Title: A Pearl in the Storm: How I Found My Heart in the Middle of the Ocean
Author: Tori Murden McClure
Publisher: Harper Collins, April 2009
Summary: Sometimes when you start a book by a new author it is important to give the story a chance to win you over. This is one of those books. I picked up this book because I had done some rowing in a former life. I also am fascinated by the idea of people doing extraordinary physical things that most armchair “explorers” can only dream of.
And true to form there are plenty of exciting moments where the reader holds their breath and cheers Tori on through some horrible storms including a hurricane. However, the most appealing quality of this book is the realistic way Tori reveals her story while she reflects upon the pivotal moments and people of her life as she rows across the Atlantic Ocean. Each life is unique and Tori’s tale does not disappoint. Her physical prowess is impressive to be sure however her humanity is even more so. She invites the reader to share her zig-zag road to contentment, or maybe even happiness.
Who will like this book: Anyone who enjoys an adventure, a tale of extreme physical challenge or perhaps someone who is at a crossroads in their life.
If you like this, try this: Books by Bruce Chatwin and Paul Theroux.
Recommended by: Karen, Deputy Town Librarian
Title: Hold My Hand
Author: Serena Mackesy
Publisher: Constable, October 2008
Summary: All Bridget wants is a safe place to raise her daughter Yasmin. The flat they share in London has become a prison instead of a home. Though Bridget has divorced her abusive husband and the court has ordered Kieran to stay away, he continues to stalk the two vowing to make Bridget pay for leaving him. Bridget struggles to keep a roof over their heads and food on their table as fear and desperation set in. The hope for a new and better life for Bridget and Yasmin comes in the form of a job offer. Bridget is offered the job of housekeeper at Rospetroc, a manor house in a part of the country where no one will know them- where they will be safe. Rospetroc, however, has it’s own secrets and it’s own brutal history. The villagers have their suspicions as to why there is such a high turnover rate for housekeepers at Rospetroc. Bridget has run out of options and must stay at the manor house, even though the move now seems like a dangerous mistake.
Who will like this book? Anyone who likes ghost stories and a bit of mystery.
Recommended by: Sue, Circulation Coordinator
Title: The Unthinkable: Who Survives When Disaster Strikes and Why
Author: Amanda Ripley
Publisher: Crown, June 2008
Summary: Ever wonder how you would react in a real emergency? You will keep asking that question throughout this interesting non-fiction book on surviving disasters. The author analyzes behavior in several disastrous situations to try and determine who survives – and why. The answers may surprise you.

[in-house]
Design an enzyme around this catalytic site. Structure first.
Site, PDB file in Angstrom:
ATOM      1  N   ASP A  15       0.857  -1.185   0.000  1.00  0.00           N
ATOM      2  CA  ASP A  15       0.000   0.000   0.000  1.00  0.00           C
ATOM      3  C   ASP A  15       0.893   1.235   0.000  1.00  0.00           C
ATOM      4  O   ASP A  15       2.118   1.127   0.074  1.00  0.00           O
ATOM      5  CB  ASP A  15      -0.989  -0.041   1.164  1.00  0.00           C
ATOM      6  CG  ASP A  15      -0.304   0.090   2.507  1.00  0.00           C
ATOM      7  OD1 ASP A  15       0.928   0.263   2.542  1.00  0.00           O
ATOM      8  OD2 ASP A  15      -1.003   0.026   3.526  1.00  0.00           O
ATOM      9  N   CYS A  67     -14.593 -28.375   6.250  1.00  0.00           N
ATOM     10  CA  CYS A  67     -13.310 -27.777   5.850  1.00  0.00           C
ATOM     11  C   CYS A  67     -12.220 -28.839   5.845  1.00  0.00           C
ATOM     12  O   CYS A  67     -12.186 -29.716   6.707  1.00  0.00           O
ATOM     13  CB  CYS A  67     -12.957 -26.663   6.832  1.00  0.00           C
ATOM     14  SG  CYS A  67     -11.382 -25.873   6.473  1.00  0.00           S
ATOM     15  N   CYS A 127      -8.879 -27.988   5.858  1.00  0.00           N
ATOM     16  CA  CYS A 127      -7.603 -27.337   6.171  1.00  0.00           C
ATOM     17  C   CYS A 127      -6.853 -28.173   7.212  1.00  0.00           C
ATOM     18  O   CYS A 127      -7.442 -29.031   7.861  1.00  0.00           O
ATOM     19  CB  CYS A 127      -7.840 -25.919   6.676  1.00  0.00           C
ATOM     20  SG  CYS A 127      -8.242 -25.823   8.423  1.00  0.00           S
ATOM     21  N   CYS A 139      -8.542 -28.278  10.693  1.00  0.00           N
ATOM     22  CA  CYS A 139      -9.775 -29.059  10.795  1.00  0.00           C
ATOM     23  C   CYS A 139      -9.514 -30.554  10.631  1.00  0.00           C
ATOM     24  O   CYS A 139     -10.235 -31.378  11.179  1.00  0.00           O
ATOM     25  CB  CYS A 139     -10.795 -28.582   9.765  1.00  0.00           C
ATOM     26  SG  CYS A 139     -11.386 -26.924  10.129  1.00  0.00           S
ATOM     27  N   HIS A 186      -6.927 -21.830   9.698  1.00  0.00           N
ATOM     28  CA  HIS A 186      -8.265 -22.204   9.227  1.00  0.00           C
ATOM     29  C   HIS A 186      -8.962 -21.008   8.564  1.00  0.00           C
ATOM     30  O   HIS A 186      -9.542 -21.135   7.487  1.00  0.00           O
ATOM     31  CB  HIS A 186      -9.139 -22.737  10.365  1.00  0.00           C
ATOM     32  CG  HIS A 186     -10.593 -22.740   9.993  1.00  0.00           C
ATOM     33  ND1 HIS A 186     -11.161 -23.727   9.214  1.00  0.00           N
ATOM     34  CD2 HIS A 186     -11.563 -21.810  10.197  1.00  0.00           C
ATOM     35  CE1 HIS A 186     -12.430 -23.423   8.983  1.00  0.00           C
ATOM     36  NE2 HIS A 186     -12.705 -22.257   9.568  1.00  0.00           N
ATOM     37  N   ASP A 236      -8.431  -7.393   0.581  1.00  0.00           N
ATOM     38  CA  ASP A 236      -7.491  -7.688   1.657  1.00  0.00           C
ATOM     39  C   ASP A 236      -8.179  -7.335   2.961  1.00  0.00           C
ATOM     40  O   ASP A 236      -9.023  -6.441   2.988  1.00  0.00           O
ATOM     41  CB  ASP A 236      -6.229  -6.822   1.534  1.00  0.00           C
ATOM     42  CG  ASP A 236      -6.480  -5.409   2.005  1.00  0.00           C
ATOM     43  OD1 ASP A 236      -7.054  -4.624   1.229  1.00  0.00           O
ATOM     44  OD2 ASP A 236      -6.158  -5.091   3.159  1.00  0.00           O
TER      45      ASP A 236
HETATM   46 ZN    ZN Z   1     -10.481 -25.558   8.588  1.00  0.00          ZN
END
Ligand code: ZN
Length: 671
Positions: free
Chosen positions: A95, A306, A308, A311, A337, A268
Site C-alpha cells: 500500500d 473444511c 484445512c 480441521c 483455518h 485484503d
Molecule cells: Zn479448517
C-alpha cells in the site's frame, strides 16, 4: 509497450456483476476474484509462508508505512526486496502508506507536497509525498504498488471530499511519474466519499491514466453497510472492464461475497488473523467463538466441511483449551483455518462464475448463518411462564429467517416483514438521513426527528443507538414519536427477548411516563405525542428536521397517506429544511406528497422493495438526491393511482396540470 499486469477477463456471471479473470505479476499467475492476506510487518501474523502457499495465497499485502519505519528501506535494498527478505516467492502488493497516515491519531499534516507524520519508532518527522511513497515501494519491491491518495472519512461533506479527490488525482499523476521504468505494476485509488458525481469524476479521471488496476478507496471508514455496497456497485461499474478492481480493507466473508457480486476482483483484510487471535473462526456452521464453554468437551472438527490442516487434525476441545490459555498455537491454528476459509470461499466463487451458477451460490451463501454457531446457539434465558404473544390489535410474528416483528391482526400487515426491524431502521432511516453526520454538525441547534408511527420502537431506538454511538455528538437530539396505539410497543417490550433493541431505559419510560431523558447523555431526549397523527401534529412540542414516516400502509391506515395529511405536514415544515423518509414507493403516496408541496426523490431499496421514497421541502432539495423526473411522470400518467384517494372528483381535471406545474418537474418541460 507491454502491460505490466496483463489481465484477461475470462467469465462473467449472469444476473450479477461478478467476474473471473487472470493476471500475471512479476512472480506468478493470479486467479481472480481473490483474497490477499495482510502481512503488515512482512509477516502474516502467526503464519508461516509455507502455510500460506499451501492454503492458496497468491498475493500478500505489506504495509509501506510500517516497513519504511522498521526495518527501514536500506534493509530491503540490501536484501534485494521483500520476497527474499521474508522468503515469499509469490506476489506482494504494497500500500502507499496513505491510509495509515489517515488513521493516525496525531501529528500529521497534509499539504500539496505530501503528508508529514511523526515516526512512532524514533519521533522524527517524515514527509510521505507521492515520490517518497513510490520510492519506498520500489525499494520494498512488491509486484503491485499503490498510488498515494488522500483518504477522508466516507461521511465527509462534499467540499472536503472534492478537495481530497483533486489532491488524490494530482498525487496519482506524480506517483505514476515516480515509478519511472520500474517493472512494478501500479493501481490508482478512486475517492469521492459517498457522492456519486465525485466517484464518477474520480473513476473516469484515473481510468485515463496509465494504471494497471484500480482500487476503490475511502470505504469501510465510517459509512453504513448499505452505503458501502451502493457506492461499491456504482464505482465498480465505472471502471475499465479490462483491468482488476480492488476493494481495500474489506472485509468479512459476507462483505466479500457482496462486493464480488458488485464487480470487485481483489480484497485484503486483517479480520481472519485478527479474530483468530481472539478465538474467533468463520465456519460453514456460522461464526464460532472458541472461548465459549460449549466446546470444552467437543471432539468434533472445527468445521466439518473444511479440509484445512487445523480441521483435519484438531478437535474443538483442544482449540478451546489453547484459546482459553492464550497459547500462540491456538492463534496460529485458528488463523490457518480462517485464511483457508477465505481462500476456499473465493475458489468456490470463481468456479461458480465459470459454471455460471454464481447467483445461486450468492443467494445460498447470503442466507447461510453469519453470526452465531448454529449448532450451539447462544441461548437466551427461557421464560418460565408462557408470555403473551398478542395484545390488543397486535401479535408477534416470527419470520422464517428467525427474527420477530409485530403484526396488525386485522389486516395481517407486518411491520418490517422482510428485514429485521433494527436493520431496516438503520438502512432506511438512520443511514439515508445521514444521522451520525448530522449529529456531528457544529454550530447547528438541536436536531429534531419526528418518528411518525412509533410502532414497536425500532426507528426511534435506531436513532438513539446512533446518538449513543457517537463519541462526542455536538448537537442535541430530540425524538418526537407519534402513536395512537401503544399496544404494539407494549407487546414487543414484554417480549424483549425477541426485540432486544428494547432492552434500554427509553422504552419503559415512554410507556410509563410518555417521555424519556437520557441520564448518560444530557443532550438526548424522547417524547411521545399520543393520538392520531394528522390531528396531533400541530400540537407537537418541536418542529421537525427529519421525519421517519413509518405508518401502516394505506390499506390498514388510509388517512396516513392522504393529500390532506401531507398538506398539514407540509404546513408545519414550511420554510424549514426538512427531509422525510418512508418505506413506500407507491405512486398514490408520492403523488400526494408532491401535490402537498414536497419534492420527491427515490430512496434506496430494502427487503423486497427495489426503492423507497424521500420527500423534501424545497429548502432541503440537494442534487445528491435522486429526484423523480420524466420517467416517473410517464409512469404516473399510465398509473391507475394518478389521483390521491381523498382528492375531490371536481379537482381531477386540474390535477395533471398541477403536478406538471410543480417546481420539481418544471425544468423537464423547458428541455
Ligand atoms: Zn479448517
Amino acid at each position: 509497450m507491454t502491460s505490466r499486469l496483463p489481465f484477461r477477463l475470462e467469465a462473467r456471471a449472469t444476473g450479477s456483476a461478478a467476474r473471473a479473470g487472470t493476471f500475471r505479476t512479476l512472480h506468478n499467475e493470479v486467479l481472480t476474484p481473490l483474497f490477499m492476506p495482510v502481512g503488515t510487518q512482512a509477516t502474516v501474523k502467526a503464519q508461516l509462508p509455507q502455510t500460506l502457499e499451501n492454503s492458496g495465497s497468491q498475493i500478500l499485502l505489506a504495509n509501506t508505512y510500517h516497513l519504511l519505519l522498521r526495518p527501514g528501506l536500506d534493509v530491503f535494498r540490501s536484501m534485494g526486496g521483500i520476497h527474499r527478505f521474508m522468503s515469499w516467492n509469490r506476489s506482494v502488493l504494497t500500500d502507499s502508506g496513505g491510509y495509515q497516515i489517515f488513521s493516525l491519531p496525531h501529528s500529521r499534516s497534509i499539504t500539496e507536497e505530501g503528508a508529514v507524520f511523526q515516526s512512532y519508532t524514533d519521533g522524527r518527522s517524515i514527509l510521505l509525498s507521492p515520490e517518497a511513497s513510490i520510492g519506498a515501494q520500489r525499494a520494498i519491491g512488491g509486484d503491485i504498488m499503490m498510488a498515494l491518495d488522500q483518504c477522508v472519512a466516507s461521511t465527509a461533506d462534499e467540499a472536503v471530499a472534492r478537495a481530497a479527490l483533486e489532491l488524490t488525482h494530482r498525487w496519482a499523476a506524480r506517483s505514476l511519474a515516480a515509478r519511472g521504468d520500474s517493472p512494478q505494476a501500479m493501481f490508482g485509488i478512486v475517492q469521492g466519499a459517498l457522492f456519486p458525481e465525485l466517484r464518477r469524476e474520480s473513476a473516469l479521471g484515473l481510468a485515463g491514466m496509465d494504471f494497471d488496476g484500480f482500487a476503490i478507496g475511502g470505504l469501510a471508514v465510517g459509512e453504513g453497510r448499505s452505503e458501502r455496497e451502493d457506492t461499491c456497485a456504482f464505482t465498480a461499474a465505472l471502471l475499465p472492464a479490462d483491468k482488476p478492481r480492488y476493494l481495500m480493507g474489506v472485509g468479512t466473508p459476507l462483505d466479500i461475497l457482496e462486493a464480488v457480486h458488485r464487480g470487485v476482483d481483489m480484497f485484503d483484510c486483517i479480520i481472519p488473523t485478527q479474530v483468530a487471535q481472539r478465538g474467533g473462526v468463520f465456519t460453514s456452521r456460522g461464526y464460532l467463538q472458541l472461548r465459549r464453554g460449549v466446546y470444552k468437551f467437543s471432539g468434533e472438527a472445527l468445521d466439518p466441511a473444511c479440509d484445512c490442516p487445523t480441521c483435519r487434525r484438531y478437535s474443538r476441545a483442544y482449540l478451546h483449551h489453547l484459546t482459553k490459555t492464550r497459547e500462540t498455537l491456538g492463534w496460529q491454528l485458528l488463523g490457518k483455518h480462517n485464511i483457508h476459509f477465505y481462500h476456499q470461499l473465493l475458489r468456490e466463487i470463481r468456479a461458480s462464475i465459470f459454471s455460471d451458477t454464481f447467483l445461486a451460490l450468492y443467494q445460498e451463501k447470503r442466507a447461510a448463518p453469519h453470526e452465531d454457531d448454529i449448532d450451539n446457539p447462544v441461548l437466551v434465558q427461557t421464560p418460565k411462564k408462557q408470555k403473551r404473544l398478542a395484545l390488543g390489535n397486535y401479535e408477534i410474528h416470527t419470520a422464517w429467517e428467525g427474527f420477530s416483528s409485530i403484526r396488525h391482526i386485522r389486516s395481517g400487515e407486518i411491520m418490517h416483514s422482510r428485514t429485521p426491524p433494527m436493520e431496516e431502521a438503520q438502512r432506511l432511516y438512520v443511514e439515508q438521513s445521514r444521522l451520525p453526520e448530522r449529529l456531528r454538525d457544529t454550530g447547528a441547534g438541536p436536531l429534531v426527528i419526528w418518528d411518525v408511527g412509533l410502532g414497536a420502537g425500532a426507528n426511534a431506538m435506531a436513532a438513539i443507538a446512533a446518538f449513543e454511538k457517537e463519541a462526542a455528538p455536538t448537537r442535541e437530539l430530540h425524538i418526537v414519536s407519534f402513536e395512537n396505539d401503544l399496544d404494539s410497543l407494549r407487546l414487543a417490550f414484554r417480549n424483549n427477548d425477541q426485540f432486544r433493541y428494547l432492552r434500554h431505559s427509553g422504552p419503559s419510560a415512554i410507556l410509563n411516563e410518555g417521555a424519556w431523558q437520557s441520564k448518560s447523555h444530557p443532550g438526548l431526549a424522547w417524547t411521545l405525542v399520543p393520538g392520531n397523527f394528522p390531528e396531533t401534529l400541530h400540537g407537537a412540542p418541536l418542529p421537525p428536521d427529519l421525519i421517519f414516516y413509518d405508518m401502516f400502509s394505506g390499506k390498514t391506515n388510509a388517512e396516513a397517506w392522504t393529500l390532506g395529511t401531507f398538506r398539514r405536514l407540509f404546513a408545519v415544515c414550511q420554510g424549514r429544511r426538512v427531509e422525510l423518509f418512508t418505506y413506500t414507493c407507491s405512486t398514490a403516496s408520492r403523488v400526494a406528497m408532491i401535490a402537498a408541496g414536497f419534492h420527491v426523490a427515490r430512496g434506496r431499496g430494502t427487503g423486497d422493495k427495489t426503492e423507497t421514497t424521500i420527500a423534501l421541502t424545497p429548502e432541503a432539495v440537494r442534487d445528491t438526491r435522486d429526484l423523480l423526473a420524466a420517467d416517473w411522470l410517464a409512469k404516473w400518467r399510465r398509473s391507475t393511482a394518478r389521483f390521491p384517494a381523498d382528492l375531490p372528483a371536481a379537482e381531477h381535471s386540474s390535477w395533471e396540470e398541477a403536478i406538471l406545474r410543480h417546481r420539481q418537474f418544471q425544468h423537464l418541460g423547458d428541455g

Who will like this book?: Readers who are interested in human behavior.
If you like this, try this: Brain Rules by John Medina
Recommended by: Barb, Reference Librarian.
Title: The Kid Who Climbed Everest
Author: Bear Grylls
Summary: The author of this book, is the subject of the wildly popular Discovery Channel Series entitled “Man vs Wild.” Each week Bear is dropped off by helicopter to a horrifying part of the planet from where he must escape by using his impressive survival skills. Bear spent three years in the British Special Air Service and his latest triumph in May 2007 involved him flying a motorized paraglider over Mount Everest. I find the series really educational and thrilling and somehow satisfying as I watch from my comfortable armchair. Bear is articulate and shares his impressive knowledge of survival skills with the audience in an engaging way.
This book describes Bear’s climb of Mount Everest at the tender age of 23. (Most climbers wait until their thirties to attempt such a feat when they are fully mature in terms of attitude and physiology. ) On May 16, 1998 he became the youngest man and one of only thirty British climbers to summit. He informs the reader about the preparation for such a climb. Bear shares his challenges in funding such an adventure, his extensive training, and the requisite education about the tough environmental and climatological elements as well as the physiological needs of the human body to carry out such a feat.
After reading this book I felt I had a far better understanding of many facets of attempting and succeeding at such a climb. This information did not take away from the mounting excitement as Bear prepares for the ultimate climb. He shares his fears, his awe of the mountain, and his respect for his predecessors and team mates. Altogether an exciting and informative read.
If you like this, try this: Jon Krakauer’s Into Thin Air and Outside Magazine articles about individuals who push their limits.
Recommended by: Karen, Deputy Town Librarian